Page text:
It has given me the motivation to actually start the book I have had in my head for the last three years


A fellow student

I love the part about questions the reader must answer. going to take a good look at my first chapter to see if I can identify them and if not add them

Ian C.

To propel them to the next chapter … "Set them up with questions they must have answered." - priceless thanks James. :)

Cynthia H.

Write like a movie projector in the mind - you can see, hear, feel, smell the scene - commercial fiction - important! Great! I like this -- Love that you allow people to use 1st person - and 3rd person limited to follow the villain. This is a great concept - Who's point of view makes this scene the most interesting - the victim, killer, detective, the best point of view to accomplish what you want to come alive in this scene. Emotionally - how do you want the reader to feel? Sexy, pity, suspense, scared? Emotion? Favorite Line! -- "Its good if you are a little schizophrenic!" - LOL... Great lesson!

Cynthia H.

"Filthy Rich" - James Patterson's book on Epstein may have had a significant impact on pulling this guy back into a position where he was now arrested. I came back to James Patterson's class after this. I'm working on a book now - and dialogue is one of my weak points. This is a very good lesson. He has some great classes... I'm back!

Art M.

Love the lesson! He reinforced, confirmed, and reminded me of what I've kind of been doing all along--tell my story that people have already learned from along the way... and they like it, as in they lean forward as I'm holding their attention for the entire short few minutes I'm expressing myself. In my notes, I highlighted "...more involved halfway thru the chapter than you were in the first paragraph... at the end of the chapter something should happen that propels you on to the next chapter... setting them up with questions they must have answers..." I find myself giving names of my chapters and have to determine whether that's good or bad. I have the ability to remind the reader, somewhere before the chapter ends, what the name of the chapter is. Hm. Decisions. Decisions.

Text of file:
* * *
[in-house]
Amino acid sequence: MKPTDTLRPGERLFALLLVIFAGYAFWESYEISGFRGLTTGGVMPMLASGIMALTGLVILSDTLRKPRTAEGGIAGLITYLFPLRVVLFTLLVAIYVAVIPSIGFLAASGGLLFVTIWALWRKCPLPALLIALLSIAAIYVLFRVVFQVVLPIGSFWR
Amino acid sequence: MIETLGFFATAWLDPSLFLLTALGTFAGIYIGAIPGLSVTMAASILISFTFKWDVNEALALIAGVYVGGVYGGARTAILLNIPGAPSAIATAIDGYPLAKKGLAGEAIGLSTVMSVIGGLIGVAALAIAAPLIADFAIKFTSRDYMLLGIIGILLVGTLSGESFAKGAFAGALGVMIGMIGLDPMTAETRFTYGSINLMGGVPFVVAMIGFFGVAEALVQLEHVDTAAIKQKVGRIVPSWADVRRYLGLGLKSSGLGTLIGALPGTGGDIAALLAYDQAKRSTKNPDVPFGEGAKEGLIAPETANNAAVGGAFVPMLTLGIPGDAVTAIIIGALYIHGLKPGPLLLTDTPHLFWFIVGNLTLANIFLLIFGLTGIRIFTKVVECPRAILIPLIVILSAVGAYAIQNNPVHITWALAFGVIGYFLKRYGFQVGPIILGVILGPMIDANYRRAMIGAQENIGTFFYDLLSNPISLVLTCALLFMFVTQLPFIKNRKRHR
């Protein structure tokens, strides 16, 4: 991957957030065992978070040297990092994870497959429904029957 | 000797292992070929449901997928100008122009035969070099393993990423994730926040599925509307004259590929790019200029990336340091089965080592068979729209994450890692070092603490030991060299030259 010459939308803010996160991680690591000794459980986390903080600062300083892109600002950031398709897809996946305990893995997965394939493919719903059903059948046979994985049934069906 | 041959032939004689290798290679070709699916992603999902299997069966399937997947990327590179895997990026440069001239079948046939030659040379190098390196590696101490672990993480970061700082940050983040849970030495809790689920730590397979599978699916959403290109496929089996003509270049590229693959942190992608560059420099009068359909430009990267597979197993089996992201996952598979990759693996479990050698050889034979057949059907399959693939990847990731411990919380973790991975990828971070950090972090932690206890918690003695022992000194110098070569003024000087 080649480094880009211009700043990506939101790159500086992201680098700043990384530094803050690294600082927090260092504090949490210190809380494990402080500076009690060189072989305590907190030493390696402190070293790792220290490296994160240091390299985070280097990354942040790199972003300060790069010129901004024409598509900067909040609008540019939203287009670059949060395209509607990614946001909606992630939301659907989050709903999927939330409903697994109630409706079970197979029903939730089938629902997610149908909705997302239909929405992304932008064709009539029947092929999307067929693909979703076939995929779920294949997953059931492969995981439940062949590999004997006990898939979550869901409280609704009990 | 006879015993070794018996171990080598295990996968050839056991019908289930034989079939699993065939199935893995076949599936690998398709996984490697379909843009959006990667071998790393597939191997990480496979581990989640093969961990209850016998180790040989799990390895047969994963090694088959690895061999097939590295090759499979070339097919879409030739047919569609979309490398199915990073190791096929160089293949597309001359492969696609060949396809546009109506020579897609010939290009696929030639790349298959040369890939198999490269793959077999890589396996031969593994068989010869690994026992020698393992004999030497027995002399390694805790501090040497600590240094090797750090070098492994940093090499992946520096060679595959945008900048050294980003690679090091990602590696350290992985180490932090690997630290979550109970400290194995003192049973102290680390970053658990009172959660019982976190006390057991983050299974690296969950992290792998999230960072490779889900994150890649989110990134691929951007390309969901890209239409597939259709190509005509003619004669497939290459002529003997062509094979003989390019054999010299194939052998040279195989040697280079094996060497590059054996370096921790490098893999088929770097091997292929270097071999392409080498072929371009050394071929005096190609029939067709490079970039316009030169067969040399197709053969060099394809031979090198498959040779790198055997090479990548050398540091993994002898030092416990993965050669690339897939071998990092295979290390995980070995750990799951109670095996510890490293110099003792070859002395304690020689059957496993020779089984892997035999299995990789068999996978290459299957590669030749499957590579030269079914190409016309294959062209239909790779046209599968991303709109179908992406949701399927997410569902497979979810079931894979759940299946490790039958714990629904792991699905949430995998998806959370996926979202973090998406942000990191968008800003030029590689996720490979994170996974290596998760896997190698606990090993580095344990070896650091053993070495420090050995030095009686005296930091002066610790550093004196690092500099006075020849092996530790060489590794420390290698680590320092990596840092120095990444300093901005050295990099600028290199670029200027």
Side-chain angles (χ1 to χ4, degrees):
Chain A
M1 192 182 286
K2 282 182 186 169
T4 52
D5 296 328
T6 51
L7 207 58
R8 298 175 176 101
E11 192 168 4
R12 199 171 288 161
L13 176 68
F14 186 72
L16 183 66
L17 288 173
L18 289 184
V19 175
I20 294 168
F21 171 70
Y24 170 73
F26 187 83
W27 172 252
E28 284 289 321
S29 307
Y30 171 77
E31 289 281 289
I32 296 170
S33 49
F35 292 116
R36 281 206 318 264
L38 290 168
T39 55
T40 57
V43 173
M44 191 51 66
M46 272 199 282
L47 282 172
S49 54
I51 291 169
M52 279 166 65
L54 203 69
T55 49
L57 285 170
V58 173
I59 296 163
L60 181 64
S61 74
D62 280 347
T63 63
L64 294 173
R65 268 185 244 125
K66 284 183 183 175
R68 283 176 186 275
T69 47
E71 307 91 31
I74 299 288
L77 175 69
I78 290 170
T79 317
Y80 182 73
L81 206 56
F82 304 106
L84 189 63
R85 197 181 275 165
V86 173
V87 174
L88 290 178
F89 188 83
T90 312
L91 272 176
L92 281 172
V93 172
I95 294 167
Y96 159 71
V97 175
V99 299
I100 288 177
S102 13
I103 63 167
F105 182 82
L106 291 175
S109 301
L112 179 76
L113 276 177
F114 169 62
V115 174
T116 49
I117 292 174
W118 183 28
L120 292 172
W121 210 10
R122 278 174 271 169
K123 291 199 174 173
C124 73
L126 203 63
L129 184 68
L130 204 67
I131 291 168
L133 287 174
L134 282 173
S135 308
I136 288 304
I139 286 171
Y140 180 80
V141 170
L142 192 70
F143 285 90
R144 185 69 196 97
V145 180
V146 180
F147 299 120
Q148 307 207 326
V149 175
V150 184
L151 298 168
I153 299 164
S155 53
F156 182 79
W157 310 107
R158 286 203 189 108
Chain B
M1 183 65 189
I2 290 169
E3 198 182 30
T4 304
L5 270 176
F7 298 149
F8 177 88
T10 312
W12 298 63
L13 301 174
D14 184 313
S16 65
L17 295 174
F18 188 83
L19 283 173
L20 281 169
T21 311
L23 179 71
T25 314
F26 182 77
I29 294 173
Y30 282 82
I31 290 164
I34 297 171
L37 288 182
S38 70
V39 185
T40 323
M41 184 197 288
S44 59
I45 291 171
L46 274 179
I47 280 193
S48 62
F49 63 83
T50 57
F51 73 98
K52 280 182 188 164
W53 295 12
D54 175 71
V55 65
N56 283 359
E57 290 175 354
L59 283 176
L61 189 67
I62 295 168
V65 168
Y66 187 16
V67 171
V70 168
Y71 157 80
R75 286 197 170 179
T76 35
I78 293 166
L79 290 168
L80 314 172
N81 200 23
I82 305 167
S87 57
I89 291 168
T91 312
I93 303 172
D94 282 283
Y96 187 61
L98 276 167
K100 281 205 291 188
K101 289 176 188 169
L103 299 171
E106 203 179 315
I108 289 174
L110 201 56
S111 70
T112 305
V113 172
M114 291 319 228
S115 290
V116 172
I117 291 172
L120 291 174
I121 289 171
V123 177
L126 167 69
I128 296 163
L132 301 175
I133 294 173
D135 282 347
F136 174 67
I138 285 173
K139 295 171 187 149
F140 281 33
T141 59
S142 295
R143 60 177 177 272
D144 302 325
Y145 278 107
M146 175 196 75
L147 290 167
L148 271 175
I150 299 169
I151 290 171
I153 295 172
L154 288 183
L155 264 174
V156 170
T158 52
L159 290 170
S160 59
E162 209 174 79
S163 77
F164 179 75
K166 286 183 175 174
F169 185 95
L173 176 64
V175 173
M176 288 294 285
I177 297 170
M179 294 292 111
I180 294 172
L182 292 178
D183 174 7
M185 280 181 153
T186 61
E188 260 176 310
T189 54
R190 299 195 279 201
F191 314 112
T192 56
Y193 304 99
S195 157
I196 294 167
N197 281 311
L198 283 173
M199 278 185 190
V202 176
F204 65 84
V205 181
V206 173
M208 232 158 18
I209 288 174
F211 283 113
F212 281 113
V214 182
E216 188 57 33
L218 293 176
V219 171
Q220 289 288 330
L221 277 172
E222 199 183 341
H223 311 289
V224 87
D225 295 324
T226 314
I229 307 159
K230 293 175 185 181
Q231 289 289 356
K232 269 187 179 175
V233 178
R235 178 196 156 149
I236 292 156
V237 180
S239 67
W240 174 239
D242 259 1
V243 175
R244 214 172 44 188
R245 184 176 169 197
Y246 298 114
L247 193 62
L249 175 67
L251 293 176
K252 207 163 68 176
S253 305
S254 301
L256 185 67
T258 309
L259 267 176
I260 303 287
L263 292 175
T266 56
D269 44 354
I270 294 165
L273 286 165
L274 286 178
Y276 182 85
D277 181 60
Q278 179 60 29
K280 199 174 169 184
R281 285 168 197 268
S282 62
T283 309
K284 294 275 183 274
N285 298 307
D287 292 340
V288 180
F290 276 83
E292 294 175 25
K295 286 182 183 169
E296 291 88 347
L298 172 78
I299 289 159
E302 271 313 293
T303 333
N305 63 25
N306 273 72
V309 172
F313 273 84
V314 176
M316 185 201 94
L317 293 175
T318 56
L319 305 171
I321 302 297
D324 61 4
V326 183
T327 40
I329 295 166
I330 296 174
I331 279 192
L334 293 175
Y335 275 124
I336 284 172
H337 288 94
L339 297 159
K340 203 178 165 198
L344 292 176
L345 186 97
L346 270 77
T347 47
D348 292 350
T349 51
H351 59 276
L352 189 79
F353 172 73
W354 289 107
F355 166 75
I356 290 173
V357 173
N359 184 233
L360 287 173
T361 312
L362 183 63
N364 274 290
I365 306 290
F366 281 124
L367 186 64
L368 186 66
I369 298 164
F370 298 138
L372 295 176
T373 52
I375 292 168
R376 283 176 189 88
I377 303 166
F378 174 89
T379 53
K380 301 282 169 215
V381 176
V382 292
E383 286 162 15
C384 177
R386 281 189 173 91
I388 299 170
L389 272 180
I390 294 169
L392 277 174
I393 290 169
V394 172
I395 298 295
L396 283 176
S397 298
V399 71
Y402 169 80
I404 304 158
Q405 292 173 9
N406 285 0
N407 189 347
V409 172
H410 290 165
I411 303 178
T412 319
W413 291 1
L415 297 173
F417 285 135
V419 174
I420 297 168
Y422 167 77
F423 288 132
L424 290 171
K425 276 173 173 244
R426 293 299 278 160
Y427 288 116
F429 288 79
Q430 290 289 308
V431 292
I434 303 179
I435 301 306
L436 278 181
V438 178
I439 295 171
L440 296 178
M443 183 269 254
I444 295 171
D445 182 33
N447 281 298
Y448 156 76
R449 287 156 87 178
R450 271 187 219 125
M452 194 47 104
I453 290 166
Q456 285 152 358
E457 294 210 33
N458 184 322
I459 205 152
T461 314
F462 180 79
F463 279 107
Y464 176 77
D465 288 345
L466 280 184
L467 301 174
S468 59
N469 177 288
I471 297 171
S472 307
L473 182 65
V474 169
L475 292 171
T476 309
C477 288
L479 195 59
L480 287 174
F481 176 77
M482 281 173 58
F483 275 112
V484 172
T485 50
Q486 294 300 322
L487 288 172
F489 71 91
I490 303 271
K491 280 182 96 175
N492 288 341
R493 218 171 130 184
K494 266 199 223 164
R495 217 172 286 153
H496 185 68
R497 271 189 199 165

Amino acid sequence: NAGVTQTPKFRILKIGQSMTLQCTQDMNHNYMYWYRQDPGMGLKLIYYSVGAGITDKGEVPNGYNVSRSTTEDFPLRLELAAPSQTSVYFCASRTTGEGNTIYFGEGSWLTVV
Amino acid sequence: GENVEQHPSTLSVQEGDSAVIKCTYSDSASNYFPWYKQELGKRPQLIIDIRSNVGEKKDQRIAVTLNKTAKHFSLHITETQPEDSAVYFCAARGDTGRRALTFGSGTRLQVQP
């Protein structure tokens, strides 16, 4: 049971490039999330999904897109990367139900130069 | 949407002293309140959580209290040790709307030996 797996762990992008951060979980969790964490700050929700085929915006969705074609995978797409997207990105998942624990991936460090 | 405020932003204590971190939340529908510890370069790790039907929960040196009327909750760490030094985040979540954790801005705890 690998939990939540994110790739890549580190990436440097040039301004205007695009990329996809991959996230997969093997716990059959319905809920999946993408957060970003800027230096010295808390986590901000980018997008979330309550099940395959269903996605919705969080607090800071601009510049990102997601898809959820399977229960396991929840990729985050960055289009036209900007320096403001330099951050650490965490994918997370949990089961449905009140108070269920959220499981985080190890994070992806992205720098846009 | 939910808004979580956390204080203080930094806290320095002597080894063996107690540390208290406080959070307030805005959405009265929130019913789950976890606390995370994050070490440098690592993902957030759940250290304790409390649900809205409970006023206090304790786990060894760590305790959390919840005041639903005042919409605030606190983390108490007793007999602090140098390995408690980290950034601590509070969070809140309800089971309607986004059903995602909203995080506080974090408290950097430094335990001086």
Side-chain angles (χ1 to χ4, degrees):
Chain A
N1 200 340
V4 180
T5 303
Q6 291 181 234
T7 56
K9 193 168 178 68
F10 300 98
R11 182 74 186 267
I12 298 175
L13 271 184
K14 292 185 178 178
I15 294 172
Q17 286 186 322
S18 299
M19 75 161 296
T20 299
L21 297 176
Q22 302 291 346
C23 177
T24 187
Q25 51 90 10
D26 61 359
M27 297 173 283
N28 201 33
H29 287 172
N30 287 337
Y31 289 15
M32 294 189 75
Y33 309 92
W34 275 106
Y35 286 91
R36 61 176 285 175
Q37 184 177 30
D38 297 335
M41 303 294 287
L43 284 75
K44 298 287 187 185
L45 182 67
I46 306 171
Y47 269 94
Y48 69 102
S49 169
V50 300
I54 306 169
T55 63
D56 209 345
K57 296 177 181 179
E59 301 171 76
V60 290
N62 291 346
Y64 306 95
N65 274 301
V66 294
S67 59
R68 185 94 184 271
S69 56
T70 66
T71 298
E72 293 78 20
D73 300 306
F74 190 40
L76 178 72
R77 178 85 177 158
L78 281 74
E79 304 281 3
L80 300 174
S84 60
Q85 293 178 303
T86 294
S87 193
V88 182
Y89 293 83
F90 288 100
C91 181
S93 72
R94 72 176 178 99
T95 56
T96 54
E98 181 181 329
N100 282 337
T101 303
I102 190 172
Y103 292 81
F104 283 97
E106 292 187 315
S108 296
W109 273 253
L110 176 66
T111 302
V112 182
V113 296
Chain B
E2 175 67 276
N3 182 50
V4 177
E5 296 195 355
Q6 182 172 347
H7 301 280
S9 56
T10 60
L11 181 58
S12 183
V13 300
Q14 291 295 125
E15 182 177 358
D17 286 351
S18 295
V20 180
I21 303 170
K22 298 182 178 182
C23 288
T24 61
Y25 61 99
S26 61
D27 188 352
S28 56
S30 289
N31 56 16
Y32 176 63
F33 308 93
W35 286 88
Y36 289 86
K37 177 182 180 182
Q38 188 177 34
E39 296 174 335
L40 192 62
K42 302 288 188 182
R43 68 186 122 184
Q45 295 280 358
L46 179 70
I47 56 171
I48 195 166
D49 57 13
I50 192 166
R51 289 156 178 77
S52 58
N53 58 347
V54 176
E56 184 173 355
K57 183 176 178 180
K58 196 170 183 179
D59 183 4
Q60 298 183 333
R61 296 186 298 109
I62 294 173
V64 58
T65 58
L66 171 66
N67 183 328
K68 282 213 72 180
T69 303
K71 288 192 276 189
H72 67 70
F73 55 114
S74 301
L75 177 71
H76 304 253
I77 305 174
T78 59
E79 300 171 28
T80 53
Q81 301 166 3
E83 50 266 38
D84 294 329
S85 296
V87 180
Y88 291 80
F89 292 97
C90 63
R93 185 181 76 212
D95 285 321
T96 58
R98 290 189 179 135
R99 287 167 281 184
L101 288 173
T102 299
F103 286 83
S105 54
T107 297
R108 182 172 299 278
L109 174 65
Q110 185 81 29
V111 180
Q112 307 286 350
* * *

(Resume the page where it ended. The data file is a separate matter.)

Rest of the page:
Michael L.

As a reader, I despise mixed perspective. Just my taste. When authors switch between first and close third, it really breaks the fourth wall for me. It does feel like cheating because I'm listening to the character as narrator and then all of a sudden, he's telling me things he doesn't really know about. Just doesn't work for me as a reader. I might be the only one - who knows.

Paul A.

I do not enjoy reading stories written in the first person. I try, but I just can't do it. Mr. Patterson says he writes some novels in both first person and third person limited. This sounds very interesting to me. Does anyone know of any examples I can read?

Lorraine A.

I usually make a choice. In my first book, I wrote in the third person. In my second, first person. I tried mixing them up and my editor insisted that I make a choice. I'm writing a book now mixing the POVs. I find it easy and fun. I'd cross my fingers on this new approach, but then I couldn't type. Question: On third person limited, do I write how they're feeling or do I make it sound like my main character is telling the story? FP: "When I walked in, three people stood and left. I wondered if they knew how badly I felt." TP: "When Lorraine walked in, three people stood and left. I could tell she was humiliated. I felt sorry for her."

ernest C.

i like the first person idea, feeling the experience that imagination (YOUR) creates on the pages is destined to bring LIFE into FORM.

Gordon H.

Nice to hear an established author talk about using first and third person in the same work! I tried it for my first draft and both the manuscript assessor and the editor slammed it because it 'didn't make sense to mix them up'. I thought it made great sense and actually improved the story so I will try it again in the next manuscript.